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Effects of Field Application Methods on the Persistence and Metabolism of Phorate in Soils and Its Translocation into Crops1

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The effects of application methods of phorate at 10 lb/ acre on its metabolism, toxicity, and translocation into crops were studied under field conditions. Residues were Least persistent when phorate was applied solely to the soil surface; 6 days were required until 1/2 of the applied dosage could no longer be detected in the form of phorate and its metabolites. Residues were more persistent after the insecticide had been mixed with the upper 4- to 5-in. soil layer, and 10days were required until If of the applied Dosage could no longer be detected. Less than 1.6% of the applied phorate was measured 14 and 30 days after its application to the soil surface or the upper 4- to 5-in. soil layer, respectively. Highest amounts of phorate sulfoxide (3.2 and 4.88 lb. acre) were recovered from both field soils 6 days after phorate application. subsequently, the concentration of phorate sulfoxide in these soils declined rapidly, while the amounts of phorate sulfone increased, until they in turn reached their peak (1.44 and 3.5 lb/acre) at one month after soil treatment. Residues consisting entirely of phorate sulfone were found 2 months after application of phorate to the soil surface but 5 months after mixing of the insecticide with the upper soil layer. Insect mortalitiec were obtained with both fieldsoils. Potatoes grown in these soils during 1971 and 1972 did not contain measurable insecticide residues. Corn silage contained phorate sulfone at o.03 and 0.18 ppm in 1971, but no measurable residues in 1972. Carrots from both field plots contained in 1971 phorate sulfone at 0.12 and 0.50 ppm and in 1972 at 0.04 ppm after growing in the soil whose upper layer had originally been mixed with the insecticide.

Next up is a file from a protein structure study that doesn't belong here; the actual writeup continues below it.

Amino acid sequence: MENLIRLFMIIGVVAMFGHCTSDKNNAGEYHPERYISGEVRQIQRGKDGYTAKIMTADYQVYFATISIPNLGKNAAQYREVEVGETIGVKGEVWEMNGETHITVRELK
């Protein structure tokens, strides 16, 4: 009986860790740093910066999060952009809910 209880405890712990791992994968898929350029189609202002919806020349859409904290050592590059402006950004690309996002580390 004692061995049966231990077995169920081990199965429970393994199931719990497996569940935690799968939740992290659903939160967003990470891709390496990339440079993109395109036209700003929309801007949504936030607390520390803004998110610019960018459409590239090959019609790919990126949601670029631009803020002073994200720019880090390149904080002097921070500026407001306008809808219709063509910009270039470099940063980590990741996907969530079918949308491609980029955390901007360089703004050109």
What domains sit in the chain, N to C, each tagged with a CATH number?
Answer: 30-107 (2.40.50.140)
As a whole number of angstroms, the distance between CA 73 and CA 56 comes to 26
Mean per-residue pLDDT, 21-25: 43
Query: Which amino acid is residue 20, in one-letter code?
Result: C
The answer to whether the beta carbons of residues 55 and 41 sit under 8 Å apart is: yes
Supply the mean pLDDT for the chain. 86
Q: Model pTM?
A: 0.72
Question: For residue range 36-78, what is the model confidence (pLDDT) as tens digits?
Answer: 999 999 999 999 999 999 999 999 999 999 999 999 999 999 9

Document Type: Research Article

Publication date: August 1, 1973

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  • Journal of Economic Entomology is published bimonthly in February, April, June, August, October, and December. The journal publishes articles on the economic significance of insects and is divided into the following sections: apiculture & social insects; arthropods in relation to plant disease; forum; insecticide resistance and resistance management; ecotoxicology; biological and microbial control; ecology and behavior; sampling and biostatistics; household and structural insects; medical entomology; molecular entomology; veterinary entomology; forest entomology; horticultural entomology; field and forage crops, and small grains; stored-product; commodity treatment and quarantine entomology; and plant resistance. In addition to research papers, Journal of Economic Entomology publishes Letters to the Editor, interpretive articles in a Forum section, Short Communications, Rapid Communications, and Book Reviews.
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